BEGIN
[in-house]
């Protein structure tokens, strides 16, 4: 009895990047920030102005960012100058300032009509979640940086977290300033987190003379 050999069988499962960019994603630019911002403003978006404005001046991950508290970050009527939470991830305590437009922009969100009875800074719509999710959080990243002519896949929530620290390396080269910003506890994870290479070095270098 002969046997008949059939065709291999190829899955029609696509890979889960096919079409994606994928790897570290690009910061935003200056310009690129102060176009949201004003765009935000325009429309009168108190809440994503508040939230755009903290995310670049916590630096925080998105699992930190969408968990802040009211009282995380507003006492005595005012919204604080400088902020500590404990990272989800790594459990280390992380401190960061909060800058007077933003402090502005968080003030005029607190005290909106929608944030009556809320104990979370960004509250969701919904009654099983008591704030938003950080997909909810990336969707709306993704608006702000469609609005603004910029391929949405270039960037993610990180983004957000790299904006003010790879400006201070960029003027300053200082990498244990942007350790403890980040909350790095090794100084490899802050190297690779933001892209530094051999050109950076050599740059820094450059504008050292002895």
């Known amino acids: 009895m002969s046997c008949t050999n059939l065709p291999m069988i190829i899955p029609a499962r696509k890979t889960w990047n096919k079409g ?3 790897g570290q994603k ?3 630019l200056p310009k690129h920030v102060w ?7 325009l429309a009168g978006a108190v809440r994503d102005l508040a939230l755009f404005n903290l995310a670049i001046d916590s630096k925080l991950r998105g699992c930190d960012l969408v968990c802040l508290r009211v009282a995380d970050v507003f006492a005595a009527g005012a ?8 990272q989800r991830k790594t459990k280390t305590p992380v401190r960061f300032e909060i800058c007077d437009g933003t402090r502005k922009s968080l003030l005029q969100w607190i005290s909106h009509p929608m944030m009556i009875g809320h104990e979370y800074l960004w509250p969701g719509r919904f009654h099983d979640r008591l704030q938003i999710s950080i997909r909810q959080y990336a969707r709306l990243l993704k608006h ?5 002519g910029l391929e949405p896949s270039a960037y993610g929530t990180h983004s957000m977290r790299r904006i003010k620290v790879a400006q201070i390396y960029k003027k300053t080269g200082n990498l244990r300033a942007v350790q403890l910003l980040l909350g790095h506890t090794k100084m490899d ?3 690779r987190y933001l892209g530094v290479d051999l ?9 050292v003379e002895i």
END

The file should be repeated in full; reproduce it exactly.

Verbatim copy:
[in-house]
């Protein structure tokens, strides 16, 4: 009895990047920030102005960012100058300032009509979640940086977290300033987190003379 050999069988499962960019994603630019911002403003978006404005001046991950508290970050009527939470991830305590437009922009969100009875800074719509999710959080990243002519896949929530620290390396080269910003506890994870290479070095270098 002969046997008949059939065709291999190829899955029609696509890979889960096919079409994606994928790897570290690009910061935003200056310009690129102060176009949201004003765009935000325009429309009168108190809440994503508040939230755009903290995310670049916590630096925080998105699992930190969408968990802040009211009282995380507003006492005595005012919204604080400088902020500590404990990272989800790594459990280390992380401190960061909060800058007077933003402090502005968080003030005029607190005290909106929608944030009556809320104990979370960004509250969701919904009654099983008591704030938003950080997909909810990336969707709306993704608006702000469609609005603004910029391929949405270039960037993610990180983004957000790299904006003010790879400006201070960029003027300053200082990498244990942007350790403890980040909350790095090794100084490899802050190297690779933001892209530094051999050109950076050599740059820094450059504008050292002895």
């Known amino acids: 009895m002969s046997c008949t050999n059939l065709p291999m069988i190829i899955p029609a499962r696509k890979t889960w990047n096919k079409g ?3 790897g570290q994603k ?3 630019l200056p310009k690129h920030v102060w ?7 325009l429309a009168g978006a108190v809440r994503d102005l508040a939230l755009f404005n903290l995310a670049i001046d916590s630096k925080l991950r998105g699992c930190d960012l969408v968990c802040l508290r009211v009282a995380d970050v507003f006492a005595a009527g005012a ?8 990272q989800r991830k790594t459990k280390t305590p992380v401190r960061f300032e909060i800058c007077d437009g933003t402090r502005k922009s968080l003030l005029q969100w607190i005290s909106h009509p929608m944030m009556i009875g809320h104990e979370y800074l960004w509250p969701g719509r919904f009654h099983d979640r008591l704030q938003i999710s950080i997909r909810q959080y990336a969707r709306l990243l993704k608006h ?5 002519g910029l391929e949405p896949s270039a960037y993610g929530t990180h983004s957000m977290r790299r904006i003010k620290v790879a400006q201070i390396y960029k003027k300053t080269g200082n990498l244990r300033a942007v350790q403890l910003l980040l909350g790095h506890t090794k100084m490899d ?3 690779r987190y933001l892209g530094v290479d051999l ?9 050292v003379e002895i």